ILLUMINATIONS: Something for Everyone – Except Me
plus Watching, Reading, Listening...
AS A CULTURAL JOURNALIST, I am often on the receiving end of pitches—attempts to get me to speak or write about something—that boast that the event (or festival or exhibition or concert series) offers “fun for all ages” or that it has “something for everyone.” Rather than serving to entice me and make me want to spread the news, these kinds of expressions set off alarm bells that signify danger, warning, mediocrity ahead. They suggest that little to no thought went into the development or planning of the event, that no one spent any time trying to define what the program is supposed to be and to whom it is supposed to appeal. “Kids of all ages” is not a demographic group; it’s a stupid, meaningless, demeaning cliché.
(And by the way, adults are not kids. Even most kids are not kids.)
Somewhere along the line, these descriptors became lazy go-tos for publicists, programmers, and marketing directors. Underlying these catchphrases is the assumption that a festival or a concert series will be more attractive if their target audience is everyone. But “everyone” is not a target audience. Everyone is everyone. A target has concentric circles, and the winner is the one who comes closest to hitting the clearly defined bullseye.
The whole point of having a target audience is to slice off a segment of the population and appeal to them directly by offering programming to which they are predisposed. You attract roots-music fans with roots music and country-music fans with country music and chamber-music fans with chamber music and families with young children with (annoying) kids’ music. Don’t sell Schubert by teaming him with Billy Ray Cyrus, or James Taylor with a side dish of Metallica. And no one without children should ever have to know about Raffi much less hear him. (Been there, done that.)
It is a stupid assumption that a programmer’s goal is to appeal to the broadest possible base. This is also known as the least common denominator, which usually means it lacks focus or excellence. Virtuosity counts, as does honesty in advertising.
Unless of course you are a circus, in which case by all means you should indeed appeal to “kids of all ages.” Just don’t use that expression; it’s like nails on a chalkboard. Come up with something original to say. Treat your potential audience with respect. Promise them something of value—not something bland and watery and meaningless for everyone, but something for discerning consumers.
Respect your own work enough to differentiate it from the pablum down the road. That’s the place where you can find something for everyone, and nothing of real value for anyone. Respect yourself, and in turn your audience will respect you. And crowds will follow.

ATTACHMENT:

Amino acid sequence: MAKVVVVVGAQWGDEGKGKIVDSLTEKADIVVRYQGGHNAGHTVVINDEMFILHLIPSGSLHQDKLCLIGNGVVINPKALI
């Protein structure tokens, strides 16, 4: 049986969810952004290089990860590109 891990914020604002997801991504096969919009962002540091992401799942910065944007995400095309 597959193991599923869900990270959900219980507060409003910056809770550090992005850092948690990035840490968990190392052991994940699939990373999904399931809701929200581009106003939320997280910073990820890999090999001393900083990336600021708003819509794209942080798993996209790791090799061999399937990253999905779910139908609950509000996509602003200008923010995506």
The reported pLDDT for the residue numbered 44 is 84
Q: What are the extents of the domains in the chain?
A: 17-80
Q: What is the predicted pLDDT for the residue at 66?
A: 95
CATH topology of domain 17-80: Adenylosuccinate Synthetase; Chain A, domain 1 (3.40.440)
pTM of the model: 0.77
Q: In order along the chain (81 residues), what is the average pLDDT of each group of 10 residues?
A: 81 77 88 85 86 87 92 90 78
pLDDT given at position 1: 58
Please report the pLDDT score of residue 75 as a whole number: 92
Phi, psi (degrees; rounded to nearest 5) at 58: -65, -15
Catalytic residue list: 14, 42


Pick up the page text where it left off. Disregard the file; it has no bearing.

Earlier this week I wrote two articles in my ongoing “Secret Jewish History” series for The Forward.
One discussed how reports of Unidentified Flying Objects (UFOs) have a long history going back to the Bible and the Prophets (think Ezekiel’s chariot) and how Jewish sages of the past 500 years have reconciled extraterrestrial life and Jewish beliefs.
The other was a dissection of Sinead O’Connor’s terrific new memoir, “Rememberings,” tracing her lifelong fascination with Judaism, Jewish thought, and Jewish artists. Some of the most surprising reveals include her idol worship of Barbra Streisand and Lou Reed.
Modern Gods by Nick Laird (Viking). My first go-round with a novel by Nick Laird, an inventive family dramedy that literally takes place at opposite ends of the planet—Northern Ireland and Papua New Guinea. He’s a dazzling stylist in the mold of Martin Amis and an acute observer of social ties in the vein of Zadie Smith, to whom he happens to be married. Highly recommended.
Rememberings by Sinead O’Connor (HMH). Aside from my Jewish take on the book in The Forward, O’Connor’s memoir left me with mixed feelings. I learned a lot about her I did not know and gained appreciation, sympathy and respect for her as a person, and I was left curious to go back and listen to more of her music. On the other hand, as is so often the case with rock memoirs, O’Connor reveals almost nothing about her musical process and choices.
Book of Numbers by Joshua Cohen (Random House). I only just started this novel a few days ago, my first go-round with Joshua Cohen. I’m digging it deeply so far, and if it keeps up the way it’s going, this may wind up being one of my favorite recent (2015) novels.
The Beatles in Hamburg by Ian Inglis (Reaktion Books). Because one can never read enough about the Beatles. (More on that soon.)
Thom Yorke, The Eraser
Mark Rubin – Jew of Oklahoma, The Triumph of Assimilation (Rubinchik Recordings)
Talk Talk, Spirit of Eden
Krzysztof Penderecki, Symphony No. 3
Mikis Theodorakis, The Ballad of Mauthausen
The Shop on Main Streetby Ján Kadár and Elmar Klos
Marianne and Juliane by Margarethe von Trotta
Girlfriends by Claudia Weill
Minnie and Moskowitzby John Cassavetes
Fish Tank by Andrea Arnold
Ali: Fear Eats the Soul by Rainer Werner Fassbinder
What Happened Was… by Tom Noonan
8½ by Federico Fellini